Thursday, May 13, 2010

Apache Libcloud v0.3.1 released

The Apache Software Foundation and the Apache Libcloud project have announced the release of version 0.3.1 of Apache Libcloud. Apache Libcloud is a pure Python client library for interacting with many of the popular cloud server providers.

Apache Libcloud v0.3.1 is available for download from the project download page as well as PyPi.

I've been playing around with Libcloud to experiment and deploy SCA apps running on the Tuscany native (aka Tuscany-cpp) and Tuscany Java runtimes to EC2, and it's been working pretty well for me. The Libcloud API is very simple and makes it really easy to write Python scripts that automate the deployment, start, stop etc of compute nodes running SCA apps.

If I find some free time this weekend, I'll try to clean up a bit the Libcloud-based deployment scripts I've been playing with, and add them to the Tuscany native sample apps.

Also, I think it should be relatively easy to hook similar scripts with the Tuscany SCA domain manager Web app, which currently only supports local nodes but could be extended to deploy SCA components to remote nodes in the cloud.

Tuesday, May 4, 2010

The Security Exchange Commission, Python, Excel and Functional Programming

What does the SEC have to to do with Python, Excel and Functional Programming? Well, the title of this blog is Random Thoughts, so here are a few random thoughts.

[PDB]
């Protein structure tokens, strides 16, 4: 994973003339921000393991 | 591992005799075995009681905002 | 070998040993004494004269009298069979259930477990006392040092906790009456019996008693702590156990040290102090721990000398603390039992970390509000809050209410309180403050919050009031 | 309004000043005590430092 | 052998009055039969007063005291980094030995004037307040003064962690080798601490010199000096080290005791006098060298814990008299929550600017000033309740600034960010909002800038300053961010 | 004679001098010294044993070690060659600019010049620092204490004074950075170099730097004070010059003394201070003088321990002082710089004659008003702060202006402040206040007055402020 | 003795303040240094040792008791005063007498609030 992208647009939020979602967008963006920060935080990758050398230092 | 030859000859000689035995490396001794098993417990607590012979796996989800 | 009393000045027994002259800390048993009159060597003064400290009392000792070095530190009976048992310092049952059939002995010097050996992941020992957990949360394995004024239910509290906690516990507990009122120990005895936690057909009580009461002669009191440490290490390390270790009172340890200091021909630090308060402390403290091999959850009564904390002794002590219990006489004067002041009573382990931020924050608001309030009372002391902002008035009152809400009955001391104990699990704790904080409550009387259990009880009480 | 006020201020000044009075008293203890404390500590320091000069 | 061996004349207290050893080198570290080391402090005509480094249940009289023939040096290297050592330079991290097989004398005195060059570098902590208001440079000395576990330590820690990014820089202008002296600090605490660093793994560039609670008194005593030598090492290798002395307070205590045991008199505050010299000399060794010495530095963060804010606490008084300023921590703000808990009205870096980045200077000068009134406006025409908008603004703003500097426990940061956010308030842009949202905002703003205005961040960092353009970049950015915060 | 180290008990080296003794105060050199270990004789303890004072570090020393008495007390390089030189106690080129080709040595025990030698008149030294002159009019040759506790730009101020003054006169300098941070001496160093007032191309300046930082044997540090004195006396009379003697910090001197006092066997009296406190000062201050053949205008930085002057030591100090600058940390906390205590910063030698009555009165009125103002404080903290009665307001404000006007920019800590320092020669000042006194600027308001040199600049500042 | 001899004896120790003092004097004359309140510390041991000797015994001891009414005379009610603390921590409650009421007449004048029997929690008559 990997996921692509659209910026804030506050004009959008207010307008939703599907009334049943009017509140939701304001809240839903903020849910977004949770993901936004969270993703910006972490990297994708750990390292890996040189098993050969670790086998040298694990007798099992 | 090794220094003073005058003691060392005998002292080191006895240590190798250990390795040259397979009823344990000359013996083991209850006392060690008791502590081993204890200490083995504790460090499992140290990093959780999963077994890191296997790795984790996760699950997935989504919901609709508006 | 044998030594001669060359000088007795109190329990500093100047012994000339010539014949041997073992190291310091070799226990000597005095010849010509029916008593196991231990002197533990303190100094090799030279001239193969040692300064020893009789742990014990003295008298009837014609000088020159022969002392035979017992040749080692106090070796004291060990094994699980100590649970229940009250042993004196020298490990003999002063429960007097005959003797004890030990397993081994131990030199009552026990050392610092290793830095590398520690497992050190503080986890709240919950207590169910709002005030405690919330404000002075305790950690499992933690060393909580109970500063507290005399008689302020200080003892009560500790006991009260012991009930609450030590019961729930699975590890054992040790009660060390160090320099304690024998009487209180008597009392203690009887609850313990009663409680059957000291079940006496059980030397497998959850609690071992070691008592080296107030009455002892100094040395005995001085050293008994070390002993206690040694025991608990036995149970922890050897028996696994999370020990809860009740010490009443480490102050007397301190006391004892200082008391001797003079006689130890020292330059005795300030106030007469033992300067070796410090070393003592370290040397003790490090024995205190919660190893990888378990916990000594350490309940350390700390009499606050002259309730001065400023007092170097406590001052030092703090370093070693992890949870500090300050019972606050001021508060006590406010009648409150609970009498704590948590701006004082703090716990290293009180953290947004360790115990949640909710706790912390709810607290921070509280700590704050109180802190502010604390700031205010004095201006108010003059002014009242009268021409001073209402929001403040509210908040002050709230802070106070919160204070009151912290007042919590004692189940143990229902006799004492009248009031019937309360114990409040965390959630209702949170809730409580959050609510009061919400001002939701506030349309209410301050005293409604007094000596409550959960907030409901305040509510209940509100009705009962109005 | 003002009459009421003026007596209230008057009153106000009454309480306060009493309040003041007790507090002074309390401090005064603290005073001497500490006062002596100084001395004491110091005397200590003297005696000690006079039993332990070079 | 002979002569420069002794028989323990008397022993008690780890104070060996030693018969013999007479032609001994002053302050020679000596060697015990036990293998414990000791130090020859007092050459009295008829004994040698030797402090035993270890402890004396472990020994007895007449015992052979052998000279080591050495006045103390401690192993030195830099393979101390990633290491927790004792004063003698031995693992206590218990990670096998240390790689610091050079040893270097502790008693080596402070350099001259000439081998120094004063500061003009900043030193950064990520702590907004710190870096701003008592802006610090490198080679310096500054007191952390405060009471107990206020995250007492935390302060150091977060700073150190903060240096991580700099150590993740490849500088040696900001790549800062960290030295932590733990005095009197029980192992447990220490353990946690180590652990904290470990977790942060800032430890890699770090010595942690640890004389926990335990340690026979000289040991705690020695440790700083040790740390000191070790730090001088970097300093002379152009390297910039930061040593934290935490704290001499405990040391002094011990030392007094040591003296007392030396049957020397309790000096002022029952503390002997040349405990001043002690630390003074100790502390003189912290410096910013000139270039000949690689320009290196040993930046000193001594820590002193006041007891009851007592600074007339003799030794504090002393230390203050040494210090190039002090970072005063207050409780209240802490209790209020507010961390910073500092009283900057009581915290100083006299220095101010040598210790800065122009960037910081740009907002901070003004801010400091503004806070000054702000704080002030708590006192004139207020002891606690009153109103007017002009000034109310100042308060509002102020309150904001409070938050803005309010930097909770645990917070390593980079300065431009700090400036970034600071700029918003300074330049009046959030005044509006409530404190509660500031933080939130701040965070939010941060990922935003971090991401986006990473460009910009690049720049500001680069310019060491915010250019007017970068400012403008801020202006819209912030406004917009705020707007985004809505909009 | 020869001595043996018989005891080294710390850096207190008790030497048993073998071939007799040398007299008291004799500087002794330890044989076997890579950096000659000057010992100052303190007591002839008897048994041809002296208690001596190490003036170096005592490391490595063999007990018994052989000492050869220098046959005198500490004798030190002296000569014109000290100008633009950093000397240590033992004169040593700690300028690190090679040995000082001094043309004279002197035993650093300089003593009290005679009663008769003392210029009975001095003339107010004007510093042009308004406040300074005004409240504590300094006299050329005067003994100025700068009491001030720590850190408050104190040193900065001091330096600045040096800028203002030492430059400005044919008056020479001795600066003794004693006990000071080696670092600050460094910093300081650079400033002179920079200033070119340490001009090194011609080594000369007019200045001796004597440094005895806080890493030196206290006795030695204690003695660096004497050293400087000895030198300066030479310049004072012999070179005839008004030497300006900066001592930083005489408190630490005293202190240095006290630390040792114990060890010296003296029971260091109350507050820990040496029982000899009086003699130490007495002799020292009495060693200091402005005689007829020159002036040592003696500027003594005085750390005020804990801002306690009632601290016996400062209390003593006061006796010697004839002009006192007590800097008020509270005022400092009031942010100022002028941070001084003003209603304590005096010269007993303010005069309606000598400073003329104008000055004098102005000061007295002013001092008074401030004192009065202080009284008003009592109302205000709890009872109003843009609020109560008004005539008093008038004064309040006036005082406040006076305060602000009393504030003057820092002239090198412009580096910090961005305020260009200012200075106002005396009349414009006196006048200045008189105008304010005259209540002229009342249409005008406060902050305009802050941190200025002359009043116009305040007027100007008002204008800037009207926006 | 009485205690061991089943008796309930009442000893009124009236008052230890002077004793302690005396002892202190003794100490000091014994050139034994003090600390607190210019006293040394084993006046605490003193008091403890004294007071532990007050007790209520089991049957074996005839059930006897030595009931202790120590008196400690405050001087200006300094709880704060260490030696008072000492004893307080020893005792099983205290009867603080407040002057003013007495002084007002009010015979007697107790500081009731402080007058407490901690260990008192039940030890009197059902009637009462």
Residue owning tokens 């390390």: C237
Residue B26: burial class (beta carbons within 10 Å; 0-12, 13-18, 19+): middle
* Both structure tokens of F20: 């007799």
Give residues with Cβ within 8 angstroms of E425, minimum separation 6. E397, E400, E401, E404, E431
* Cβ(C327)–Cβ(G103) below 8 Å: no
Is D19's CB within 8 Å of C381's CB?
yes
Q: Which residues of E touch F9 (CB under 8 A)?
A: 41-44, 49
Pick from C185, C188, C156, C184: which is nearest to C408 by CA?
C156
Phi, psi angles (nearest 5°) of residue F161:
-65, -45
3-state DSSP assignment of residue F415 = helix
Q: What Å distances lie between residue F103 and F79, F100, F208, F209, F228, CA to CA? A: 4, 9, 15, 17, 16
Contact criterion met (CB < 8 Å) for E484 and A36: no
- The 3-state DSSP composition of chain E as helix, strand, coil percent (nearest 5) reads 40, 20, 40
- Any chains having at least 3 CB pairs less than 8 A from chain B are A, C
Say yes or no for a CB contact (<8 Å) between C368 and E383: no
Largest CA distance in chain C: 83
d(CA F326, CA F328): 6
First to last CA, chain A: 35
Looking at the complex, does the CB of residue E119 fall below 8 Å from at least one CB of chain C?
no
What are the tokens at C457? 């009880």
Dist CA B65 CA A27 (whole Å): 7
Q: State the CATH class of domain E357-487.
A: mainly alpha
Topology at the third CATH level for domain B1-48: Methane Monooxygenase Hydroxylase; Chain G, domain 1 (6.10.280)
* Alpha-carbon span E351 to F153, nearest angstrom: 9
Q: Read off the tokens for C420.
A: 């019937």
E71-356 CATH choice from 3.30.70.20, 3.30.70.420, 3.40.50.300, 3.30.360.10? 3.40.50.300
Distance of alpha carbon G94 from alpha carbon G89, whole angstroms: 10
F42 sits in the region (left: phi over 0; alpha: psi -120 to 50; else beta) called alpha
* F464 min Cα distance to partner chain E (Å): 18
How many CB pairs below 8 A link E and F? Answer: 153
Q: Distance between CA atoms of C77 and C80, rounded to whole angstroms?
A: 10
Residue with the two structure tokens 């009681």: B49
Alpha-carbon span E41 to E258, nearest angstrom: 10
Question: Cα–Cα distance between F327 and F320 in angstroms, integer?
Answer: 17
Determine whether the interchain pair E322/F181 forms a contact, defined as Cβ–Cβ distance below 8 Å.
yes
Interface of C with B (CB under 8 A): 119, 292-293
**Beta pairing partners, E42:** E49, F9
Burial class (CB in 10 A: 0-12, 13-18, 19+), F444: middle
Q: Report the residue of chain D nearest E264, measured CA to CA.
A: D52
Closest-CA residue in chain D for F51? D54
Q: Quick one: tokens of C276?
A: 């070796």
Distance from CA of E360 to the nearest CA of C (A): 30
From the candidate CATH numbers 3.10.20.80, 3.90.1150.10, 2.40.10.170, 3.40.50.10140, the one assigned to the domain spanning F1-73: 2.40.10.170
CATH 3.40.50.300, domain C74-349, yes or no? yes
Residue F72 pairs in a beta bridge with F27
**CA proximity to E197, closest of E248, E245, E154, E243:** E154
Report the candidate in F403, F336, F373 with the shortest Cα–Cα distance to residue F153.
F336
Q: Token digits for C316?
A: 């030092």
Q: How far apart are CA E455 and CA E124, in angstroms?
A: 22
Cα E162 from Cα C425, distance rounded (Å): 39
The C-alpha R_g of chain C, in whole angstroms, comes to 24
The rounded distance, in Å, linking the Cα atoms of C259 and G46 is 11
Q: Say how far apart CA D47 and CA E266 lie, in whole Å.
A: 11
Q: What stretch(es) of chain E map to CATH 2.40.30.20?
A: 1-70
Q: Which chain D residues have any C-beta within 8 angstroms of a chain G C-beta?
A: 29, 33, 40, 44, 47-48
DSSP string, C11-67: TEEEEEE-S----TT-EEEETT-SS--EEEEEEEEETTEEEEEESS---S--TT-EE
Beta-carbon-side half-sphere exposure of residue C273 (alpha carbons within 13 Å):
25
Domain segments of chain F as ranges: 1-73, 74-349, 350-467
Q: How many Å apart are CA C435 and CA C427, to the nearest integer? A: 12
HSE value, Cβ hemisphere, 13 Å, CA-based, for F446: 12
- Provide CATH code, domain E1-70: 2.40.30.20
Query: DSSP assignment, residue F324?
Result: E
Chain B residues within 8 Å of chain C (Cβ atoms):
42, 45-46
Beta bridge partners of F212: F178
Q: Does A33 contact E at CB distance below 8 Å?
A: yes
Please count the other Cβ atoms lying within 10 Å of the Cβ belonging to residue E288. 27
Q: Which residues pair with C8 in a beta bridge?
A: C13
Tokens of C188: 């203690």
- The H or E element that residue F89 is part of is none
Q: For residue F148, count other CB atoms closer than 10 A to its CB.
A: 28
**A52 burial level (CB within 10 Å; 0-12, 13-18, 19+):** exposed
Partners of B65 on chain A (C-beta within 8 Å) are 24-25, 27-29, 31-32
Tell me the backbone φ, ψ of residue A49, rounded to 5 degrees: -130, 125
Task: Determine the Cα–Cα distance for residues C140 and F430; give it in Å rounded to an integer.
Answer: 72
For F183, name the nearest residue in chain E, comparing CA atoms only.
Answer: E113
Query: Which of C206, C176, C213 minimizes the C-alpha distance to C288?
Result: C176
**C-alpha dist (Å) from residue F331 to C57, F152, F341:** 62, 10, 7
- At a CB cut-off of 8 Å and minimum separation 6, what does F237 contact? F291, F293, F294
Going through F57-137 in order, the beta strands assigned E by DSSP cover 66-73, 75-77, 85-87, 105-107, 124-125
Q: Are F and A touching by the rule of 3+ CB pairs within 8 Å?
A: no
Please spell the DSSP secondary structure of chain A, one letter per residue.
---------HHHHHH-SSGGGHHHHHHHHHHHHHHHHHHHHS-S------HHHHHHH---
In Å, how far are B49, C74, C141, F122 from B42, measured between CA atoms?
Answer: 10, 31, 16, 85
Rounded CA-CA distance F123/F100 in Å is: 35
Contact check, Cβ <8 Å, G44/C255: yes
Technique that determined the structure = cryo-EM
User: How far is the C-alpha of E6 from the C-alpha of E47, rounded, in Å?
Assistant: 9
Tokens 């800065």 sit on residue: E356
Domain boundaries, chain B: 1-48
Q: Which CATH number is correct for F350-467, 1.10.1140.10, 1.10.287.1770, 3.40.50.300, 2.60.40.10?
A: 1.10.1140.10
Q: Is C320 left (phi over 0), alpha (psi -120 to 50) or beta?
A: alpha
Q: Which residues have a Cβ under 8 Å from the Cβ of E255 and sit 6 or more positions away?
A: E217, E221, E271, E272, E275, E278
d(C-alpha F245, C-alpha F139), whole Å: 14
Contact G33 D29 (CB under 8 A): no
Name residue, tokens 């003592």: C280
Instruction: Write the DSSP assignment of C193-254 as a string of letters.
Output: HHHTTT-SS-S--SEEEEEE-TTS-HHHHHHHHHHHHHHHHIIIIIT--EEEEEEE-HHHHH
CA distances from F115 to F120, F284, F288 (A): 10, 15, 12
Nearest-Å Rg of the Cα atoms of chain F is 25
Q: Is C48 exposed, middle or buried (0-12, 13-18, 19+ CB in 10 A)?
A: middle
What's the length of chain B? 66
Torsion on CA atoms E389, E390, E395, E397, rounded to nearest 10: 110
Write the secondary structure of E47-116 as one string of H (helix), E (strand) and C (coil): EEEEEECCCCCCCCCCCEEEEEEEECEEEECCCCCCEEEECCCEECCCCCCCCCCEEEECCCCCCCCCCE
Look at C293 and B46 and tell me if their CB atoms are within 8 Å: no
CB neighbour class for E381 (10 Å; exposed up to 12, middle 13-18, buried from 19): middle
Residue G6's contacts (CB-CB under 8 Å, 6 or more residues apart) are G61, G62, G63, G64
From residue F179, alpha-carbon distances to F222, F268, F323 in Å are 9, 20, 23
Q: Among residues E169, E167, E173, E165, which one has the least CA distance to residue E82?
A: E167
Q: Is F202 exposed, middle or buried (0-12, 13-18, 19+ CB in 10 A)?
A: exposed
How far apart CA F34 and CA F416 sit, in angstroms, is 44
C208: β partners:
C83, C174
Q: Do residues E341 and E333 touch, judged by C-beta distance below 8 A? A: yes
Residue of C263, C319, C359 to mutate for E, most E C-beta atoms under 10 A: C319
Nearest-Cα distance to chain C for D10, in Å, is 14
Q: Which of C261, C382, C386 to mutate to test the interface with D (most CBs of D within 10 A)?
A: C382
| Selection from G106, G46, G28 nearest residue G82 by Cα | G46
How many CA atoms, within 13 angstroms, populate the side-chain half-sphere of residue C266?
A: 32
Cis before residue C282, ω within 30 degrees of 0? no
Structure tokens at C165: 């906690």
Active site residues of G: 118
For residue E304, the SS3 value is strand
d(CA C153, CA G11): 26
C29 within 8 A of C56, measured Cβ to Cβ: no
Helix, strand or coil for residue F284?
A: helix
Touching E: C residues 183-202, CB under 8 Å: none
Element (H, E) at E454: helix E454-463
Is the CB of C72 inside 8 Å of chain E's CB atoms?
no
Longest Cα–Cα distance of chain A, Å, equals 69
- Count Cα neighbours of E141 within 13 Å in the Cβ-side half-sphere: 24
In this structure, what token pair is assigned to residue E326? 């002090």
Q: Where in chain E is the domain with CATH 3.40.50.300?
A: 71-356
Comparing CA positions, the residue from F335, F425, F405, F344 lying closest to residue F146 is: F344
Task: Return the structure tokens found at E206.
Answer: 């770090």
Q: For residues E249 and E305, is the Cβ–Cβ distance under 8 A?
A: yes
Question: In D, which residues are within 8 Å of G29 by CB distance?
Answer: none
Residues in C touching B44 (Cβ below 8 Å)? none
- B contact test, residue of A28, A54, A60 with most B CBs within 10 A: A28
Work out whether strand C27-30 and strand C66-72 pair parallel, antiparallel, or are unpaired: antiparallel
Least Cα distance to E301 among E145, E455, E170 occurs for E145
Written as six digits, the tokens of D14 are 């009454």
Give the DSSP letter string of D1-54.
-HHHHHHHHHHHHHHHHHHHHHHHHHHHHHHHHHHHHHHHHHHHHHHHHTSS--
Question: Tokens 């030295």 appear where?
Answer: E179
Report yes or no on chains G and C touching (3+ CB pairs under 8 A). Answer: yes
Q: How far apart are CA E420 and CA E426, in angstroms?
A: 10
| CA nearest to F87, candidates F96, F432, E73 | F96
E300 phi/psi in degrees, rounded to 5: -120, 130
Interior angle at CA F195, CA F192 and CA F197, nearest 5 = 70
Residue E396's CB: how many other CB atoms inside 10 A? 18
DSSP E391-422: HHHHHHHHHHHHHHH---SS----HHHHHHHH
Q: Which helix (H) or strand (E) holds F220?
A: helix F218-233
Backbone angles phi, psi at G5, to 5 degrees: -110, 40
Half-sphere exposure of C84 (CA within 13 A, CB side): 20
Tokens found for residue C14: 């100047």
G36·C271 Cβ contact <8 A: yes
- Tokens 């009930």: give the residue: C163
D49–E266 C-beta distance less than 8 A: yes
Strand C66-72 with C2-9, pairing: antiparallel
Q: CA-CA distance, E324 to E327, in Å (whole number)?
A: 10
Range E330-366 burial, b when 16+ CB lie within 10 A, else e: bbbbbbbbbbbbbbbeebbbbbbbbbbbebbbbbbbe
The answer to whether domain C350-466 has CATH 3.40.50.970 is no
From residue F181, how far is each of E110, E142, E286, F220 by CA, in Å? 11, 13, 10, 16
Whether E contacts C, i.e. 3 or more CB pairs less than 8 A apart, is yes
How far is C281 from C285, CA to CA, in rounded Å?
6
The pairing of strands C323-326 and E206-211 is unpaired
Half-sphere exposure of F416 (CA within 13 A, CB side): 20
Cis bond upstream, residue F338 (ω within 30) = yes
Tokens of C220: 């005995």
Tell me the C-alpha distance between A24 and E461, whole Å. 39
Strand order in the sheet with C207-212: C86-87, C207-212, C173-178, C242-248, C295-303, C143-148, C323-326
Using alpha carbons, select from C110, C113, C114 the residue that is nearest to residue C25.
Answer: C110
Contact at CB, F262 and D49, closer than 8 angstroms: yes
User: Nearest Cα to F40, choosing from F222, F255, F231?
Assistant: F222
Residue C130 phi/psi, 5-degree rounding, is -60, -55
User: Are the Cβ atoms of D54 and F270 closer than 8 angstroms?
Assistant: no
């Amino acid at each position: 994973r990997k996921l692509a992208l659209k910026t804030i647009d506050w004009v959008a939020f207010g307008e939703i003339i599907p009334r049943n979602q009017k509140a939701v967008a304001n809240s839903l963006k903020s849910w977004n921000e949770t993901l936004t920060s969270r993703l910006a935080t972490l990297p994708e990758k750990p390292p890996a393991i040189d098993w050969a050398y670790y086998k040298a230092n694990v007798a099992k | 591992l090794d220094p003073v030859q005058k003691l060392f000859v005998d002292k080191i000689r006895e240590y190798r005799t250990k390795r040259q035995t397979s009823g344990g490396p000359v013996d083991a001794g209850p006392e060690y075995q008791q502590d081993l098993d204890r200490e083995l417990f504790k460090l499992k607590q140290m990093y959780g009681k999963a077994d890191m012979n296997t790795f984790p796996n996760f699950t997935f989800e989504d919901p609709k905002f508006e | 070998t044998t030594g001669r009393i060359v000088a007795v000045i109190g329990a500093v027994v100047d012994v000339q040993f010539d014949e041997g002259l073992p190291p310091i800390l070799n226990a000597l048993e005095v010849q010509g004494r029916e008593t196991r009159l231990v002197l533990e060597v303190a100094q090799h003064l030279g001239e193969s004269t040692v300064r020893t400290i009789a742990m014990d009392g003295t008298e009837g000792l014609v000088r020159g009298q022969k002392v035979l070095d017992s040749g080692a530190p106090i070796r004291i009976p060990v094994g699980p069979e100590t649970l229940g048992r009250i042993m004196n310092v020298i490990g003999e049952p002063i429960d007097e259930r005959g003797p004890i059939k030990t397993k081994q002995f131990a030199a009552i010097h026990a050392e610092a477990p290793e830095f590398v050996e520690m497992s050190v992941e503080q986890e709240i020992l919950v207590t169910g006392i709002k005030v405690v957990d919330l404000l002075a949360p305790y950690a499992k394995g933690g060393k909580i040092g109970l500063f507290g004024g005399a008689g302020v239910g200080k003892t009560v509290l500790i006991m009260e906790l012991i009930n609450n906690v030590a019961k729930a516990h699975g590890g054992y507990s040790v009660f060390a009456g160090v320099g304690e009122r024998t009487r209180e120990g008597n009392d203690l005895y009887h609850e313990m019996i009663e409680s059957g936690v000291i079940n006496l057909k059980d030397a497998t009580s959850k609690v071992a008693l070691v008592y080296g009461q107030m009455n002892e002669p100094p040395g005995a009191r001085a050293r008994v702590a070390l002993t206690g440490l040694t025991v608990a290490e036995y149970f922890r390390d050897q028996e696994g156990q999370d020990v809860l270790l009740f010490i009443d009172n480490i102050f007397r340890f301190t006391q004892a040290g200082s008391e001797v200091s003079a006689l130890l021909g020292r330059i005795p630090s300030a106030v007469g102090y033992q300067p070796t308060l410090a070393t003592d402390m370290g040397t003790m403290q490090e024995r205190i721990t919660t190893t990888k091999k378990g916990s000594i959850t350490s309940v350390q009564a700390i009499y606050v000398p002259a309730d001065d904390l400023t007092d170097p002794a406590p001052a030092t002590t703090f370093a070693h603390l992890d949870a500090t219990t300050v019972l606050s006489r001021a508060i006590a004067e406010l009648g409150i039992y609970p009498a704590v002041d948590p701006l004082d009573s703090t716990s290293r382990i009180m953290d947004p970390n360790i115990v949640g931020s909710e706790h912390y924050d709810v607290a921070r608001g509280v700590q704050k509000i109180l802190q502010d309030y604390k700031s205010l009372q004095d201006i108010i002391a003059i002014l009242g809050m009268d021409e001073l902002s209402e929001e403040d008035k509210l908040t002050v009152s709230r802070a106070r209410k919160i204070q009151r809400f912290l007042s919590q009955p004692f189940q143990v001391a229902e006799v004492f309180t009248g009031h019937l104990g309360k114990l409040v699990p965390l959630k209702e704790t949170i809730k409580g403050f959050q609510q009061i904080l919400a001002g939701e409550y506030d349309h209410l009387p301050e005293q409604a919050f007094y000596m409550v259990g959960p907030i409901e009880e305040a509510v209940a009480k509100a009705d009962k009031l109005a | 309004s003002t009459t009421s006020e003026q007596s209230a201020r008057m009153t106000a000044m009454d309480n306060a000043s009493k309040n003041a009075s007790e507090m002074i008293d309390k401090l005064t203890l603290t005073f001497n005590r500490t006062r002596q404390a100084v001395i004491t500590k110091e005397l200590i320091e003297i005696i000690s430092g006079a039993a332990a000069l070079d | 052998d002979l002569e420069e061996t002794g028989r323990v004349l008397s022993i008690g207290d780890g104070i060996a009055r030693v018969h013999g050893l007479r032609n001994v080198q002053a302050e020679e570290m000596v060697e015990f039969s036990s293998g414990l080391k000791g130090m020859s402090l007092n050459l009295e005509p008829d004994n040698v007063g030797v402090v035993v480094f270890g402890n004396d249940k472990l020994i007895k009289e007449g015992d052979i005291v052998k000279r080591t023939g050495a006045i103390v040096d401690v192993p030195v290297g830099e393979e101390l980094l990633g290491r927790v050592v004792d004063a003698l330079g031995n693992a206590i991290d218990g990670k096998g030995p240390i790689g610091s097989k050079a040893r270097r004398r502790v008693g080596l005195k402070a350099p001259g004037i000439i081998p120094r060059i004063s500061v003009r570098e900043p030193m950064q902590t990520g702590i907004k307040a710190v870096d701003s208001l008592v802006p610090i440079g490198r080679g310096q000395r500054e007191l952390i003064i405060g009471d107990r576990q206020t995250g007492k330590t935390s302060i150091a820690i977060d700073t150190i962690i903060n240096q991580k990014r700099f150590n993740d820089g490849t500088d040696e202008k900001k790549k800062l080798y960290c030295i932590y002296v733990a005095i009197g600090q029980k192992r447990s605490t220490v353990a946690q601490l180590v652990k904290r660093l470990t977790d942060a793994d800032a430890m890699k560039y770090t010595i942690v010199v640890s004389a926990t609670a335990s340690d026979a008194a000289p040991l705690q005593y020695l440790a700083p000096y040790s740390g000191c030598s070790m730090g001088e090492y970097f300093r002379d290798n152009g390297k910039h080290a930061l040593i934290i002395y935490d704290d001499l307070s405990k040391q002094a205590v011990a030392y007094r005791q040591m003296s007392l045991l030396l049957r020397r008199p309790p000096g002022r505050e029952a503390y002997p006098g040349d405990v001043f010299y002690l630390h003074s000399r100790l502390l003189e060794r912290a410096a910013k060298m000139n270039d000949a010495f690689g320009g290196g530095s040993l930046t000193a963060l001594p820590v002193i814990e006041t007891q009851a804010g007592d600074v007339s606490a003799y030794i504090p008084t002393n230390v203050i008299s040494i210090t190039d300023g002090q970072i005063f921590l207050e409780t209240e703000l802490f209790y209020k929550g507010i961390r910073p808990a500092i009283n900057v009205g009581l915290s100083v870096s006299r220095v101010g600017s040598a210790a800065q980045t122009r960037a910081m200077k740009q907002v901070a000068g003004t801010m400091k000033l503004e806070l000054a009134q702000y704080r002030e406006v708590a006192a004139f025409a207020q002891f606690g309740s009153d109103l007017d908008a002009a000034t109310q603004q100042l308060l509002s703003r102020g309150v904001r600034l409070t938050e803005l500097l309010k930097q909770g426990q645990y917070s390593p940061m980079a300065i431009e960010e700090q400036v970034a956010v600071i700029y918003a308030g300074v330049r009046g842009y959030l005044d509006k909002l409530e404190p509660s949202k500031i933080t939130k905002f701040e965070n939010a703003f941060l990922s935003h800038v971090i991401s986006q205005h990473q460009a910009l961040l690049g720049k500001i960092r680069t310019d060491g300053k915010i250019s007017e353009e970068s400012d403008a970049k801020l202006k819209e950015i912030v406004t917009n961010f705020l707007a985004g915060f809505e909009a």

Two weeks ago the US SEC Security and Exchange Commission proposed significant revisions to the rules governing the offering process, disclosure and reporting for ABS (Asset Backed Securities).

One of the proposals is to require ABS issuers to file Python computer programs describing the flow of funds (called waterfall) in ABS transactions. I think that's pretty cool!

That's cool for investors

Waterfall provisions in modern securitizations and CDOs (Collateralized Debt Obligations) are complicated. They're described in 'prospectus' documents written in plain english. That's verbose, error prone, and makes it difficult for investors to create credit and cash flow models and conduct their own evaluations of ABS. The last financial crisis revealed that many investors relied on ratings provided by third party credit rating agencies instead of doing their own evaluation homework, and were not fully aware of the risk in the underlying mortgages within the pools of securitized assets.

Providing a Python program modeling the waterfall for each ABS would help investors conduct their own evaluations and make more informed investment decisions. The Python program source code would be filed on EDGAR (Electronic Data-Gathering, Analysis, and Retrieval). Investors could just download the program for an ABS, input their data assumptions and model the waterfall right away.

That's cool for Python and programming

I've dissected a few ABS prospectus documents and I'm starting to think that these Python programs could look just like Excel spreadsheets (which most investors are familiar with), with user defined formulas written as Python functions, in a functional programming style.

The postings on this site are my own and don’t necessarily represent positions, strategies or opinions of my employer IBM.